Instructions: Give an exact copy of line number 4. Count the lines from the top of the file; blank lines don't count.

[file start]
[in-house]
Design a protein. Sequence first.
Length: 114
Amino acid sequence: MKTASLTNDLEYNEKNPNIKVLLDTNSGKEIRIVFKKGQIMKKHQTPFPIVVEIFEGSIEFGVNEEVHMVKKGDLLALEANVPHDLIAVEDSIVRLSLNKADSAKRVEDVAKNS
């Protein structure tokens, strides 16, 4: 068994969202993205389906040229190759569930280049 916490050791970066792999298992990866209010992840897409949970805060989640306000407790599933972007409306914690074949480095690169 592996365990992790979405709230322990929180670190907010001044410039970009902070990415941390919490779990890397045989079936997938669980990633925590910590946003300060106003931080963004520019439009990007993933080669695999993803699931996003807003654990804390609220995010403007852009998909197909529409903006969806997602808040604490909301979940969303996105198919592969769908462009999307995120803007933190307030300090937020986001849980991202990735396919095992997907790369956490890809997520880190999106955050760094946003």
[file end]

Amino acid sequence: MKTASLTNDLEYNEKNPNIKVLLDTNSGKEIRIVFKKGQIMKKHQTPFPIVVEIFEGSIEFGVNEEVHMVKKGDLLALEANVPHDLIAVEDSIVRLSLNKADSAKRVEDVAKNS